verb (used with object), in·i·ti·at·ed, in·i·ti·at·ing.
- initial rhyme,
- initial teaching alphabet,
- initiating agent,
- initiation factor,
Origin of initiate
Examples from the Web for initiator
The core of the bomb consisted of two hemispheres of plutonium, (Pu-239), and an initiator.Trinity [Atomic Test] Site|The National Atomic Museum
I do not know who was the initiator of the movement or in what country it was first apparent.The Alps|Martin Conway
At the great exhibition at Paris one saw both master and scholars; or it would be better to say, the initiator and the imitators.
We have already, in the course of our survey of Giorgione's pictures, noted the points wherein he was an initiator.Giorgione|Herbert Cook
I hope history will not credit Mr. Lincoln with being the initiator.Diary from March 4, 1861, to November 12, 1862|Adam Gurowski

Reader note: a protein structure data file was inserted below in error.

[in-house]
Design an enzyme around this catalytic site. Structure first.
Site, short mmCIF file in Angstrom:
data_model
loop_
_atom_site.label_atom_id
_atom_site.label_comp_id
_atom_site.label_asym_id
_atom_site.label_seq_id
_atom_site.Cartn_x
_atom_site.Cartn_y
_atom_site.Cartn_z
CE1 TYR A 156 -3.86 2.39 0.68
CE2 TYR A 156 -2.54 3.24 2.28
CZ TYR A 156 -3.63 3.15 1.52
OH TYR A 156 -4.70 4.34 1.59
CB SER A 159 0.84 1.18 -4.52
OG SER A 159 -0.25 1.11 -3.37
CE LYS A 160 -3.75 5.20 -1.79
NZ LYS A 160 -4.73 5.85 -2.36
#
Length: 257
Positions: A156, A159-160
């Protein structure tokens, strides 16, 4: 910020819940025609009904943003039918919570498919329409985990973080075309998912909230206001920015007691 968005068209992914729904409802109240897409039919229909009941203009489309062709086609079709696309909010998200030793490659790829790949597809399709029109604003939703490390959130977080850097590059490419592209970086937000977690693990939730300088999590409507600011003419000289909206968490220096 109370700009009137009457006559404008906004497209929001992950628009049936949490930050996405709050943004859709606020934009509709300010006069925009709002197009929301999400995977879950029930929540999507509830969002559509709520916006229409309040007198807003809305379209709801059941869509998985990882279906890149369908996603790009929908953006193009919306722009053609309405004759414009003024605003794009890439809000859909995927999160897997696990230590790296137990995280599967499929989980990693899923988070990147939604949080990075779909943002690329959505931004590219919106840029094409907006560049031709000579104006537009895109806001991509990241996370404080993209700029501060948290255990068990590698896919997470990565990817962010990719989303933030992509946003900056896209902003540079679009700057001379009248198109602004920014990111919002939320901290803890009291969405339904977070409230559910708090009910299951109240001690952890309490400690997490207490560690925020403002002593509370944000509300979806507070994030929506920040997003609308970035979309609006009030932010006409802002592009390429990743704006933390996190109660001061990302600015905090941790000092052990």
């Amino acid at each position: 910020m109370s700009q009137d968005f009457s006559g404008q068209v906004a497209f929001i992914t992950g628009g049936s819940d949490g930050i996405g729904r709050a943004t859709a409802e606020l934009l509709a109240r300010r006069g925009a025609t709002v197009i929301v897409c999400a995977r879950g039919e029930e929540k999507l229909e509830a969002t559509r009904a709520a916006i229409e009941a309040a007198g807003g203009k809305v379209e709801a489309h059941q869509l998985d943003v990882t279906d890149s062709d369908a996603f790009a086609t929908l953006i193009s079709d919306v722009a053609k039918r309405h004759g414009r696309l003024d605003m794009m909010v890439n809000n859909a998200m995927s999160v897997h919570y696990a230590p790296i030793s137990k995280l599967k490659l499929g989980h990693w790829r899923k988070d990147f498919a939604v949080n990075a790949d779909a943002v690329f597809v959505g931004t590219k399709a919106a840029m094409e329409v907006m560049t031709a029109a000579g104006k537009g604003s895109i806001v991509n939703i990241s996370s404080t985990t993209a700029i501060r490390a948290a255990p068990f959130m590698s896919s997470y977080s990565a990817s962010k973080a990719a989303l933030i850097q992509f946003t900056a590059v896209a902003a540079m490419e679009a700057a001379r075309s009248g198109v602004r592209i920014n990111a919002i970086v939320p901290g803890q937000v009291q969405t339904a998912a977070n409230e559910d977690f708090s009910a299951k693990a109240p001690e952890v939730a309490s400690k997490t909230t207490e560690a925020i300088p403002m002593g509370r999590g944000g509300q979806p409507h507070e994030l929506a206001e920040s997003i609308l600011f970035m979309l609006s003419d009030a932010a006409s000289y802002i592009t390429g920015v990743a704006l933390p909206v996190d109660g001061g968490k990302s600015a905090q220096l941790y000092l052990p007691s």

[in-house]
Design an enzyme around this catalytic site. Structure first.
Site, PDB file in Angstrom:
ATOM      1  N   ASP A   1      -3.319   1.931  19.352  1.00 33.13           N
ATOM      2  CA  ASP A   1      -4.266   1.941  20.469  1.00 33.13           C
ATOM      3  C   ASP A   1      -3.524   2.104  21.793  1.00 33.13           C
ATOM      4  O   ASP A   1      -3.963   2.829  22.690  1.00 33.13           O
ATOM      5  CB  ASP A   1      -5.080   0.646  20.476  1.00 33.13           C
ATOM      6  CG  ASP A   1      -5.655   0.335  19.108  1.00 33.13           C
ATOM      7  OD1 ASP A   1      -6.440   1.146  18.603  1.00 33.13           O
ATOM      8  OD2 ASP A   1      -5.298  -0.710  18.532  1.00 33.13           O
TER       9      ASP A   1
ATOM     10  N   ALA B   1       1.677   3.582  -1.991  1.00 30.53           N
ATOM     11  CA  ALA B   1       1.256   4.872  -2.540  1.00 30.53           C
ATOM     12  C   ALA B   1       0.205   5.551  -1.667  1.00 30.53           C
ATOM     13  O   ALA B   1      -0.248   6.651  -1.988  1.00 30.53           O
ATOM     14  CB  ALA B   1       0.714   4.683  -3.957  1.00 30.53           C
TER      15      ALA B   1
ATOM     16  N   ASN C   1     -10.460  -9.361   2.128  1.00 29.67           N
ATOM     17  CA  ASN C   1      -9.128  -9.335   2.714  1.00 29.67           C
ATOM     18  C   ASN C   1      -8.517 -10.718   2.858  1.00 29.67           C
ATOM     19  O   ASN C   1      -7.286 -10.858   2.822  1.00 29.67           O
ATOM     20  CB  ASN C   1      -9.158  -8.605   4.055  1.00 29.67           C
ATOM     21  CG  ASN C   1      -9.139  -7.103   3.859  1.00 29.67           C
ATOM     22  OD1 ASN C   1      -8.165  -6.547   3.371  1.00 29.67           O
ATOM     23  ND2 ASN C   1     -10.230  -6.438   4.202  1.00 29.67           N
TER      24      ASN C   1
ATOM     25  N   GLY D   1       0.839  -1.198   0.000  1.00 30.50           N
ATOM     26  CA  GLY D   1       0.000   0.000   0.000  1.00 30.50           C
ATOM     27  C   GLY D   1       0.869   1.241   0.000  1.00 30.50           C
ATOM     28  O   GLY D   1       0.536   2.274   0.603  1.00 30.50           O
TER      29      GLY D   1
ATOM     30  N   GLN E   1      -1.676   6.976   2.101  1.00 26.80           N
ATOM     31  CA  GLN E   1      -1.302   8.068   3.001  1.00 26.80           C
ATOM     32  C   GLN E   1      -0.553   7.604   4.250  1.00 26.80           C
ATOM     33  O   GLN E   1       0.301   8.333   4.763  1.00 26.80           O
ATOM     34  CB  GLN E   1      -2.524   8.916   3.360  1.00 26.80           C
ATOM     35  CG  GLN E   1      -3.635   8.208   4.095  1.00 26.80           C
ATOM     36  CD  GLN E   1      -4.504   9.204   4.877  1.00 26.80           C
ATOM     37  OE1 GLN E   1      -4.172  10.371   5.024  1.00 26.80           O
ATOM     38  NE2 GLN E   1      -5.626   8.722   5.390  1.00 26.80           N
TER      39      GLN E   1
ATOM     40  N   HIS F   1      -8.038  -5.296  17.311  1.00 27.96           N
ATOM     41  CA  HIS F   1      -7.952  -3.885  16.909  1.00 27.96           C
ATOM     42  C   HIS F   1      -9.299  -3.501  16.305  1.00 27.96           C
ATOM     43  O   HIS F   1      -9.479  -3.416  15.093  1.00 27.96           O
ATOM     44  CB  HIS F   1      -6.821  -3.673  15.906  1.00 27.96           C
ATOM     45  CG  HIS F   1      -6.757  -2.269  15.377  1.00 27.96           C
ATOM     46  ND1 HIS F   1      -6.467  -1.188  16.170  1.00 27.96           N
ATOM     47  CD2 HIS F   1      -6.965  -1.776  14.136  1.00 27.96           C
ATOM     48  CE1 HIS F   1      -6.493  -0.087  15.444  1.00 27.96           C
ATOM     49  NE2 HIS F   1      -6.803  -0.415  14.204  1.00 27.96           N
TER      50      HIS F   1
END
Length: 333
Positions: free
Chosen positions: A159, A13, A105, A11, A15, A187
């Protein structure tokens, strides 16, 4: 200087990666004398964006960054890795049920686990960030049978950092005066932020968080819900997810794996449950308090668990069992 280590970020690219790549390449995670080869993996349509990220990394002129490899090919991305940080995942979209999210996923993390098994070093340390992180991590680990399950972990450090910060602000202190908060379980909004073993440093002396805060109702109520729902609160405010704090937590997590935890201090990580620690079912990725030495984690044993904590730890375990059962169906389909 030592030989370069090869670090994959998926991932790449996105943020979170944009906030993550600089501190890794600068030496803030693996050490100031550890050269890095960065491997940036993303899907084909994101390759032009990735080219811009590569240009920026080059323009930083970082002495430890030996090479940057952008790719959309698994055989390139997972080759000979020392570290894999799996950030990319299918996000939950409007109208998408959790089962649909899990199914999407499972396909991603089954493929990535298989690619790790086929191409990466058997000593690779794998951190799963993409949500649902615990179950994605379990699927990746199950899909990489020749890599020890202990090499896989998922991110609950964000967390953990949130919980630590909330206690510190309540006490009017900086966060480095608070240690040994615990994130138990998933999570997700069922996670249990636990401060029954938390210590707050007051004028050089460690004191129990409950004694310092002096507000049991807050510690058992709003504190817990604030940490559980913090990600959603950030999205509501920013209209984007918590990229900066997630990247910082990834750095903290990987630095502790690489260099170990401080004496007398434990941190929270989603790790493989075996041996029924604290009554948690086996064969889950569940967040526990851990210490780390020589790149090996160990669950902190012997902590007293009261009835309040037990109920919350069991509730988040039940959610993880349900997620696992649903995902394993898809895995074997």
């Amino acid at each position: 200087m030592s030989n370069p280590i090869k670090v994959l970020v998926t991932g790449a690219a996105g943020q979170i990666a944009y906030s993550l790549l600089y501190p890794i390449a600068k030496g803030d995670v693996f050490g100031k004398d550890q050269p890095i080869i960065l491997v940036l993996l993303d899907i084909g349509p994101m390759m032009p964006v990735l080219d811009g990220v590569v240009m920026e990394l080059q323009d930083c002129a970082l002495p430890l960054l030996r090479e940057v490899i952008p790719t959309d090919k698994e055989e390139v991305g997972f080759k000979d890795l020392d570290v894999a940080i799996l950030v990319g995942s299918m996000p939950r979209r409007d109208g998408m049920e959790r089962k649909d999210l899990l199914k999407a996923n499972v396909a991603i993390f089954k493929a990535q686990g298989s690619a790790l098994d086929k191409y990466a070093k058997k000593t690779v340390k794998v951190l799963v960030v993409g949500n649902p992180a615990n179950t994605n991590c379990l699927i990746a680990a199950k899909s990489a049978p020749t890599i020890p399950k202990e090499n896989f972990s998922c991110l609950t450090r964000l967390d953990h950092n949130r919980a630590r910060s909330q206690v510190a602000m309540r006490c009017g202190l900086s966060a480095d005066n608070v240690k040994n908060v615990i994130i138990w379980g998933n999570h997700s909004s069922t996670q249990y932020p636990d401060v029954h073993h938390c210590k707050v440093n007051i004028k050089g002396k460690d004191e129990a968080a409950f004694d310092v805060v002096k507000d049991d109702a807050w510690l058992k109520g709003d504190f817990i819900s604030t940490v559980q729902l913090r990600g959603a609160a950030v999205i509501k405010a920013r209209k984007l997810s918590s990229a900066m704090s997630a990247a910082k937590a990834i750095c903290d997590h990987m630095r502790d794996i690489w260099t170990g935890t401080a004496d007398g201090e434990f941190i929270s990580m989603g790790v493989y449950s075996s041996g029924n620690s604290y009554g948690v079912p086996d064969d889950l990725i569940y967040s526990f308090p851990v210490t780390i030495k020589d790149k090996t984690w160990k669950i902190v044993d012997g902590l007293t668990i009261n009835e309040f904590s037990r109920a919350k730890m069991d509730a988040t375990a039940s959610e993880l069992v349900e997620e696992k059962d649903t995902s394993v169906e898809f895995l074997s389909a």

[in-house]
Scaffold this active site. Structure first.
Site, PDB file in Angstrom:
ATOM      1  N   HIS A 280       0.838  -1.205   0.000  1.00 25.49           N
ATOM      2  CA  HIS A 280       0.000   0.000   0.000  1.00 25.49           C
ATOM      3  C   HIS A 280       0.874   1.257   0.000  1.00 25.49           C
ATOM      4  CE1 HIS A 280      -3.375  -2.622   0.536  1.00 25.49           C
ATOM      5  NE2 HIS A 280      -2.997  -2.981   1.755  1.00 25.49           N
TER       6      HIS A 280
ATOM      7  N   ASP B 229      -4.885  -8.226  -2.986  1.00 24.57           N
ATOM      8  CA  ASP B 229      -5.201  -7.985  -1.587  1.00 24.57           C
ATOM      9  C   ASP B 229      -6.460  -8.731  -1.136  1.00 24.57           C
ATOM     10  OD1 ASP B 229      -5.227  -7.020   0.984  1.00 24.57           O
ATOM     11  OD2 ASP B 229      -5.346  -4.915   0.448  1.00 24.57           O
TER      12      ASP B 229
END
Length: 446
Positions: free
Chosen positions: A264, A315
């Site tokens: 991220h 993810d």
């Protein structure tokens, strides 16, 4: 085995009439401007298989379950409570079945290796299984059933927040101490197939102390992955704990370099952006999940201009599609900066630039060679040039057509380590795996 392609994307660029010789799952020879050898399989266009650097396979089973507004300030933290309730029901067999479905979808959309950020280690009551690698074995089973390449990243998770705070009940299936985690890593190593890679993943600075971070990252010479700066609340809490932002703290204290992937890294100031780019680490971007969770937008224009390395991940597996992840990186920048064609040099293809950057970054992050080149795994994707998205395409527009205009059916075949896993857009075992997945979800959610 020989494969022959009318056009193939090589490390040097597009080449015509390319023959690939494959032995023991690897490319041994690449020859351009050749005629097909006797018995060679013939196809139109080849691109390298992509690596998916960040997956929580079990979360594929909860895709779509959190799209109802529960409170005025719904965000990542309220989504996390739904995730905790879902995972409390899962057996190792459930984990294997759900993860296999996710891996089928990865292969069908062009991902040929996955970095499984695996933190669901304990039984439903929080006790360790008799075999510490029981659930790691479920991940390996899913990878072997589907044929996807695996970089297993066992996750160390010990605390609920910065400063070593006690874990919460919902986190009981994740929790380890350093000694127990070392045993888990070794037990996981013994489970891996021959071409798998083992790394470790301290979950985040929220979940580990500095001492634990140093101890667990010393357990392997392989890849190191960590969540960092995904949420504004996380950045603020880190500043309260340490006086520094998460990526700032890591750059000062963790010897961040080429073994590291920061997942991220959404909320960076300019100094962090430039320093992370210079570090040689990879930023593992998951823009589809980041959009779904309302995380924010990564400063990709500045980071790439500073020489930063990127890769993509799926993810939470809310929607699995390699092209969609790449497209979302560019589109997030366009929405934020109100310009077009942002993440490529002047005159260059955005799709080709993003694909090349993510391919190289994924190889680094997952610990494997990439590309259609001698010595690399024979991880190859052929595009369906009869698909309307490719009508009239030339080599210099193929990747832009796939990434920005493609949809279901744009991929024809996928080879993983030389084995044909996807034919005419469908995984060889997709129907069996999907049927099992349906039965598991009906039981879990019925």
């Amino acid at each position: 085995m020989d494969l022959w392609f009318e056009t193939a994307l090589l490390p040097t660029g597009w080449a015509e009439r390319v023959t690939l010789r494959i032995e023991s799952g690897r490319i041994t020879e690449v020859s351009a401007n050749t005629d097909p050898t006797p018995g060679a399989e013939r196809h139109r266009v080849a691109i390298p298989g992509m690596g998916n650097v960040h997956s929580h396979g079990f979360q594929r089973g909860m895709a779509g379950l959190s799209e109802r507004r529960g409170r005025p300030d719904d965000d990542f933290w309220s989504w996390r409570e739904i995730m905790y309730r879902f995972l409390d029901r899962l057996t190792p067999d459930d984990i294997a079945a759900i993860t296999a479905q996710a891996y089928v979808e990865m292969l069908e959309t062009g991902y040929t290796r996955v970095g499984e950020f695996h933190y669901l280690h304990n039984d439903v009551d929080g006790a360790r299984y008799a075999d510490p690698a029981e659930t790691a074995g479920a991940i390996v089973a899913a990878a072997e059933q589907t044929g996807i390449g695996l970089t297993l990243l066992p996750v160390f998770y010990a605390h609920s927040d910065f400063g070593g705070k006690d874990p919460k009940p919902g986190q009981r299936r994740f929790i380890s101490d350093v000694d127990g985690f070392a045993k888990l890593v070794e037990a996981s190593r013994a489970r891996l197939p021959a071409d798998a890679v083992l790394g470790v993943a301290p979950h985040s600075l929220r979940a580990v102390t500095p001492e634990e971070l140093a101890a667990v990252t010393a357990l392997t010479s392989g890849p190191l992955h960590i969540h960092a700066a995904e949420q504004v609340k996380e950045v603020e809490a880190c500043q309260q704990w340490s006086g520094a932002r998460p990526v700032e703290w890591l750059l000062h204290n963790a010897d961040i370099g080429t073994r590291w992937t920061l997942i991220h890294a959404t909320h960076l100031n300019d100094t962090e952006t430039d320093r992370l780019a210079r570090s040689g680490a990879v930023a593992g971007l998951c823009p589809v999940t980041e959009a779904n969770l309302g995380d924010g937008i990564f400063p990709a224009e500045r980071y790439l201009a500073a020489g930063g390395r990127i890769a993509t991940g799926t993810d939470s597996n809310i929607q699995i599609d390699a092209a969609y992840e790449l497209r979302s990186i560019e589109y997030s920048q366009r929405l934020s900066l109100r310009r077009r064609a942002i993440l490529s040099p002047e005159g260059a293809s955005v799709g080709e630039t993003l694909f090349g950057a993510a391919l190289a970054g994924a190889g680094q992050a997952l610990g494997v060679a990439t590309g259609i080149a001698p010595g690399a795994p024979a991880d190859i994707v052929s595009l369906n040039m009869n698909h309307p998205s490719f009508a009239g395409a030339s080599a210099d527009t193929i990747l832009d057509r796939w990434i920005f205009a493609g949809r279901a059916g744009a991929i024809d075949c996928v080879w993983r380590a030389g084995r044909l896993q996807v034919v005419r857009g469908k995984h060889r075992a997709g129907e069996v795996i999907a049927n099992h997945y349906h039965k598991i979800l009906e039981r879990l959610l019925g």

verb (ɪˈnɪʃɪˌeɪt) (tr)
adjective (ɪˈnɪʃɪɪt, -ˌeɪt)
noun (ɪˈnɪʃɪɪt, -ˌeɪt)
Word Origin for initiate
"one who has been initiated," 1811, from past participle adjective initiate (c.1600); see initiate (v.).
c.1600, "introduce to some practice or system," also "begin, set going," from Latin initiatus, past participle of initiare "to begin, originate," from initium "beginning" (see initial). In some senses a back-formation from initiation. Related: Initiated; initiates; initiating; initiator.